Monthly Archives: June 2014

The problem with Africa is Africa itself

I was listening to a debate today about the situation in Mali but after hearing commentators upon commentators vilify France for its imperialism, I turned the TV off.  The comments were in essence saying the same thing: it is always the fault of France (or any other country in Europe or America) if Africa cannot develop itself.  There is so much of the same thing you can hear again and again without being tired.  To quote Patience Dabany, chéri, ton disque est rayé.  Always blaming Europe for all the woes of Africa is now starting to sound like a scratched record.

The problem with Africa is Africa itself, anything else is a false debate.  It is because we are unable to say no that Europe will keep on pumping our resources – natural, financial, human and whatever else we might have as valuable for many more years, if not centuries to come.  After all, what interest does Europe have in leaving us alone?  General de Gaulle even said, “France has no friend, she only has interests.”  So which part of that sentence are we Africans struggling to understand?  Or what do we get out of this exploitation that we sit there, accepting it?

Recently, President Goodluck Jonathan of Nigeria called on the French, the British and the Americans for their assistance in finding out where on earth Boko Haram had hidden the girls?  And he actually only got out of his stupor when the Bring Back our Girls campaign got too much for him to pretend that nothing was happening.  By the way, before anyone thinks the mothers of these girls were sitting in front of their mud huts with their hands under their chin, let’s establish here and there that the campaign started with the women of Nigeria first before everyone else got onto the bandwagon.  What would be nice to know here is why did President Goodluck Jonathan not call on Cameroon, or any of the other countries it shares borders with, or South Africa?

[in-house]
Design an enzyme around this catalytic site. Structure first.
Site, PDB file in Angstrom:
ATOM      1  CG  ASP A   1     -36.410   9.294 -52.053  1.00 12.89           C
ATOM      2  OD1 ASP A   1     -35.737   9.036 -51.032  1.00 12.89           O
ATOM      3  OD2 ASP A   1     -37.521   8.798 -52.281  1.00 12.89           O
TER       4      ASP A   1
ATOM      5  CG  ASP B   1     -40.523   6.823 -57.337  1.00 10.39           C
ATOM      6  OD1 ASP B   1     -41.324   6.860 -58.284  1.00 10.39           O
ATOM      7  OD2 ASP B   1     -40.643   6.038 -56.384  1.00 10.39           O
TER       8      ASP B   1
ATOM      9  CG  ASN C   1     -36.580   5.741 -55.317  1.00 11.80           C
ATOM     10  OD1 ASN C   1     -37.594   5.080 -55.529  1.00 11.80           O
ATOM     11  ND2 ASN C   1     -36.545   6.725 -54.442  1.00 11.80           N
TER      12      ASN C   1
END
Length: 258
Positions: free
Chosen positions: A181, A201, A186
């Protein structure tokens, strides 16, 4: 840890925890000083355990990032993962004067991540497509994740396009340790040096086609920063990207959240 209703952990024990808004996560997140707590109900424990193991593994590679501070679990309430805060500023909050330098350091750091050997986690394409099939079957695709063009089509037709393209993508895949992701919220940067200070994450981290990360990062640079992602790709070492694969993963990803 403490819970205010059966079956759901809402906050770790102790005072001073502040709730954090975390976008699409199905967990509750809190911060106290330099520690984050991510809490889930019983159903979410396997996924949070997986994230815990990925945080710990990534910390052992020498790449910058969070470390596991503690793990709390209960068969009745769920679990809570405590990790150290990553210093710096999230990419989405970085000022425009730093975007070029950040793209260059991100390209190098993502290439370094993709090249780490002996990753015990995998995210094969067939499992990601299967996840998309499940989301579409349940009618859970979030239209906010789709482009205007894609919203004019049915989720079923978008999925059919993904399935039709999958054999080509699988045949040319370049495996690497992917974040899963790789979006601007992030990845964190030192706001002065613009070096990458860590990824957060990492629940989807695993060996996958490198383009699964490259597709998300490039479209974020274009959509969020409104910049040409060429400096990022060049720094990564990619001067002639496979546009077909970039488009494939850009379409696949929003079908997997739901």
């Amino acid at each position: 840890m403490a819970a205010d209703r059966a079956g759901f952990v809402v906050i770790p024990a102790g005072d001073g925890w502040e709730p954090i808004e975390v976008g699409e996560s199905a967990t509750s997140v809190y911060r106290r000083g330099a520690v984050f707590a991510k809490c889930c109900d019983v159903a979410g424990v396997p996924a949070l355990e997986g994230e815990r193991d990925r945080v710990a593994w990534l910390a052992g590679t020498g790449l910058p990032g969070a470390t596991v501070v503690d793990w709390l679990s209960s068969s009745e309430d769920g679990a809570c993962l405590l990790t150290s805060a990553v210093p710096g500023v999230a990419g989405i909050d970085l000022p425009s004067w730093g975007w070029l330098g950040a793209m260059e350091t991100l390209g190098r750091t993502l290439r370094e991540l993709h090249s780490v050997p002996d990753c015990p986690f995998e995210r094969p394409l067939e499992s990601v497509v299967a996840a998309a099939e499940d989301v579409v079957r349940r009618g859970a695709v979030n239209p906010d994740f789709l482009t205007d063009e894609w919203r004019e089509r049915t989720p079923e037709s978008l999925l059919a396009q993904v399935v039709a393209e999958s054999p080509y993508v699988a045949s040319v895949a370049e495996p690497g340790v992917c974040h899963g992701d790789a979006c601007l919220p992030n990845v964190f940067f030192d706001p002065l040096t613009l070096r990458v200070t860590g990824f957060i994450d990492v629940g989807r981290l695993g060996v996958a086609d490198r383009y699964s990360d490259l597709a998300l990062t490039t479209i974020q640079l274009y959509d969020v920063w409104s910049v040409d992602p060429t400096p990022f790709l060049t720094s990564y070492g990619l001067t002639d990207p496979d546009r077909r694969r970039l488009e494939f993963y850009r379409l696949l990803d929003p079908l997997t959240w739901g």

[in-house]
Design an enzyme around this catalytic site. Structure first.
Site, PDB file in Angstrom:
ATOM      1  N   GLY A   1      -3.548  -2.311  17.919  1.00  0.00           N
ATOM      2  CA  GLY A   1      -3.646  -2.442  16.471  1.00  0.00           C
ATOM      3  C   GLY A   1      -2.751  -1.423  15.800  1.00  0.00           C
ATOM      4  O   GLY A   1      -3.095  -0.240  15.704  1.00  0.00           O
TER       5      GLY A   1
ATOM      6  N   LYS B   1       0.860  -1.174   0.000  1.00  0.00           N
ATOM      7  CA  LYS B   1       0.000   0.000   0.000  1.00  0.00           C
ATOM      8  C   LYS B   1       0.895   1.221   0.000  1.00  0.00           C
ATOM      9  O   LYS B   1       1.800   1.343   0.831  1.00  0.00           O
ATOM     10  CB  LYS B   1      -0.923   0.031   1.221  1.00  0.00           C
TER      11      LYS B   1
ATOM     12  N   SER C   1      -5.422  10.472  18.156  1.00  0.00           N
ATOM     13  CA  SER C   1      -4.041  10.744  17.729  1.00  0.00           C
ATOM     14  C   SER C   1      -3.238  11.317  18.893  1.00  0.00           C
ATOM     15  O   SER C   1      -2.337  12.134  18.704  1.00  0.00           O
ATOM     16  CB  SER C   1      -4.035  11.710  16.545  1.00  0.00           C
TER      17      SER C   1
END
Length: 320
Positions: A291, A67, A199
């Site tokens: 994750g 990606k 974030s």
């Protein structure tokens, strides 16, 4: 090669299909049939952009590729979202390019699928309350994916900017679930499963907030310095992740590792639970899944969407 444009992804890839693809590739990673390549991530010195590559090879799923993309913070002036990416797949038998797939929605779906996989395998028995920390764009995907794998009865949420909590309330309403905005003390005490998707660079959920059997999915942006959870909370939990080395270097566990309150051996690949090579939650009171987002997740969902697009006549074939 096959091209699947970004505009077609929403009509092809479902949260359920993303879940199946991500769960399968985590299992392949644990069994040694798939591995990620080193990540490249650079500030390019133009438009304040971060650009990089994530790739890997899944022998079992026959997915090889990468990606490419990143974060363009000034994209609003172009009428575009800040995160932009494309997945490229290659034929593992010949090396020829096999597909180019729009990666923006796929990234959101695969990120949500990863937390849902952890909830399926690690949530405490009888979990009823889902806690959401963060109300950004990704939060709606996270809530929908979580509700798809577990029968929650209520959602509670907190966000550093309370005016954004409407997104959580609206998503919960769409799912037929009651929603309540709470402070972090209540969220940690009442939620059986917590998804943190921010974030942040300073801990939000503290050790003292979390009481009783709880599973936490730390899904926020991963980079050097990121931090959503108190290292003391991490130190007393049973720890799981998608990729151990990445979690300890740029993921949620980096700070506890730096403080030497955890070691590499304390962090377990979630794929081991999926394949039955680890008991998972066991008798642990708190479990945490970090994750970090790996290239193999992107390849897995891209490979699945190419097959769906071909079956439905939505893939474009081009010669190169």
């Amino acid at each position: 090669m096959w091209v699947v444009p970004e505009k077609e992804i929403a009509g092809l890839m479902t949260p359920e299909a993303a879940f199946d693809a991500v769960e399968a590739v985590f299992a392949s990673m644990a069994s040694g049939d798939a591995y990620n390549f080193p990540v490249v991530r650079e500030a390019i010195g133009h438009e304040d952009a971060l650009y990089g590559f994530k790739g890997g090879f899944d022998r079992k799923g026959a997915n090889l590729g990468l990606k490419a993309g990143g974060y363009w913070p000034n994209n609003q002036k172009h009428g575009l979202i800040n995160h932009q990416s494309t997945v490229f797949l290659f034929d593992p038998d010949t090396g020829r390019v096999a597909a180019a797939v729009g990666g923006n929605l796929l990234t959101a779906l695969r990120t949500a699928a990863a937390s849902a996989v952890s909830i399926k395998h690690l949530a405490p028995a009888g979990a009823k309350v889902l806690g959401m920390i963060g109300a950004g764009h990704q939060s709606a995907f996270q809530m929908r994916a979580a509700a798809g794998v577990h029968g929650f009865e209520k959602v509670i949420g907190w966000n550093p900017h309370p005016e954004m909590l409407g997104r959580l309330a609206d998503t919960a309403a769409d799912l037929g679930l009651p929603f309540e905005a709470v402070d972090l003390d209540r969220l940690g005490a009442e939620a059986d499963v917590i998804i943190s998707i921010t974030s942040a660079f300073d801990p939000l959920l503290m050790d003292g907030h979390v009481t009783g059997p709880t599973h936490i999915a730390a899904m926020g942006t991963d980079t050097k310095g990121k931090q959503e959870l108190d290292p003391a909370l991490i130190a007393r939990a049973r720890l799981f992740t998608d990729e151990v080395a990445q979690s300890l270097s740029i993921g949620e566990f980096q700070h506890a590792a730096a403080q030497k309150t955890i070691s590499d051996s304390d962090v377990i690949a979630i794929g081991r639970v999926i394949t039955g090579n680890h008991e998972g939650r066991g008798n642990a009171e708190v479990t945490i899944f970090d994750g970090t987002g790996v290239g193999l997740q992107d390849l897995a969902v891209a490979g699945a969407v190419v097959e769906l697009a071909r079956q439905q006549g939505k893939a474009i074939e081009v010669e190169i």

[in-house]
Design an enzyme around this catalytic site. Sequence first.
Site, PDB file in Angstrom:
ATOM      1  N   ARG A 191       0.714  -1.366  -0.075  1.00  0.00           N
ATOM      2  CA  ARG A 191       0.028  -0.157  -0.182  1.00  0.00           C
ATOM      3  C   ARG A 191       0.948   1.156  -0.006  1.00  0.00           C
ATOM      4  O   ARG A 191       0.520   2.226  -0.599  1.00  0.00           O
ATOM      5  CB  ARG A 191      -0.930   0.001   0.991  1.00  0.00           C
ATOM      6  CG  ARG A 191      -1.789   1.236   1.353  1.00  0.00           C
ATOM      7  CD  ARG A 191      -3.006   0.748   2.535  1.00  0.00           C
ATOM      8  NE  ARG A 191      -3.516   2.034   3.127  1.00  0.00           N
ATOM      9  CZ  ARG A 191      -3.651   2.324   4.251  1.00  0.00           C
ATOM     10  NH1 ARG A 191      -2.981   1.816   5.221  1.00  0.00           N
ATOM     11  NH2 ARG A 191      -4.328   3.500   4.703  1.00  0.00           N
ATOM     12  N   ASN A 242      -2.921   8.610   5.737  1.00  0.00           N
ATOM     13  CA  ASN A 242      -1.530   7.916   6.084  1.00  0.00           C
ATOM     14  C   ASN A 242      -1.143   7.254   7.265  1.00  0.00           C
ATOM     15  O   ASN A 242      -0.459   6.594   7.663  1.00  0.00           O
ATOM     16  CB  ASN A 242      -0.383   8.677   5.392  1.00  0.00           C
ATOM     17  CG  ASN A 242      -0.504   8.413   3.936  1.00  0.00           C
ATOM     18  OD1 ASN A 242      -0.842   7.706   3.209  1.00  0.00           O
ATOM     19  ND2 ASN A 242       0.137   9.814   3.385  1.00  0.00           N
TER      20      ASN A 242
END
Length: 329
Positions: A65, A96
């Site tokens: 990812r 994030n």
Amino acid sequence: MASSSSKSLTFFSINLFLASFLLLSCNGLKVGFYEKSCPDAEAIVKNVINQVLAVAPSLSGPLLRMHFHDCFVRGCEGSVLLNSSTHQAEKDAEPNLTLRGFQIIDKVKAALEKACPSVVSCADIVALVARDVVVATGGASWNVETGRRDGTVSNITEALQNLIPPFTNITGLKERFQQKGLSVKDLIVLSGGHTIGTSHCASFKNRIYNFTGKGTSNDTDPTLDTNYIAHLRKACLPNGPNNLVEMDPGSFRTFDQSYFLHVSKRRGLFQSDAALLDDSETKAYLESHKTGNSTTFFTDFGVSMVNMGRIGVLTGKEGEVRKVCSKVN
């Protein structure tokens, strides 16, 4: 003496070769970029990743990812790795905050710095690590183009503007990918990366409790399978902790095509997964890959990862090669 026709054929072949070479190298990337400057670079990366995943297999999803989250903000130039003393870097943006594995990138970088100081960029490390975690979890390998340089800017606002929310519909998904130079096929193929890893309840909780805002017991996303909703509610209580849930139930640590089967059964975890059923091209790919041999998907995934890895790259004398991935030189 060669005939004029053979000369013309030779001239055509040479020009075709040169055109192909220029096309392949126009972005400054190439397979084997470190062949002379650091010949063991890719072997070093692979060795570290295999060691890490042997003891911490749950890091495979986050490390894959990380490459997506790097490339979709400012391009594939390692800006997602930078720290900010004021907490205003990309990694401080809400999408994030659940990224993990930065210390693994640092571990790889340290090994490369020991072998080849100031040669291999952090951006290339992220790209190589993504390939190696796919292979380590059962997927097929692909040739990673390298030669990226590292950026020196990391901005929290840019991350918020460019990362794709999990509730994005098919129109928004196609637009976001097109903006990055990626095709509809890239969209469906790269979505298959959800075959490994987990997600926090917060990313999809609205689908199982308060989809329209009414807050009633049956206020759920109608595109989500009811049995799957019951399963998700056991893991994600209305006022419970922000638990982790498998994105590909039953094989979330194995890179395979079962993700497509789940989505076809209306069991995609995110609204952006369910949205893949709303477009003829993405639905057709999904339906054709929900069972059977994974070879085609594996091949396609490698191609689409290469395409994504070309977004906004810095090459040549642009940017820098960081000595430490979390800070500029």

Some speak of rivalry and pride.  The mighty Nigeria couldn’t be seen to be weak.  But of course, it could afford to be weak when France organised that summit.  But if Nigeria wanted to appear to be strong, what about its neighbours or the other African countries?  If your brother wants to let pride blind his eyes, can you not be the bigger brother?  But our African countries behaved as if what was happening to Nigeria did not concern them, otherwise, they would have got a move on sooner.

You get my point.  The problem with Africa is not Europe; it is Africa itself.  Nobody is forcing us to run to the Europeans or Americans every time there is fire at home; what’s forcing us however is our own lack of unity.  And what’s worse is that we don’t learn.  Since when has any intervention of Europe on the African continent resolved anything?  Examples of their fiasco abound: Mali, Libya, Ivory Coast, Central Republic, Sudan…  Soon, Nigeria shall join that sad list of examples and we will then sit around tables and vilify France, Britain and co. for plundering Africa.  But why shouldn’t they plunder if we open the door and tell them to help themselves to everything.

 

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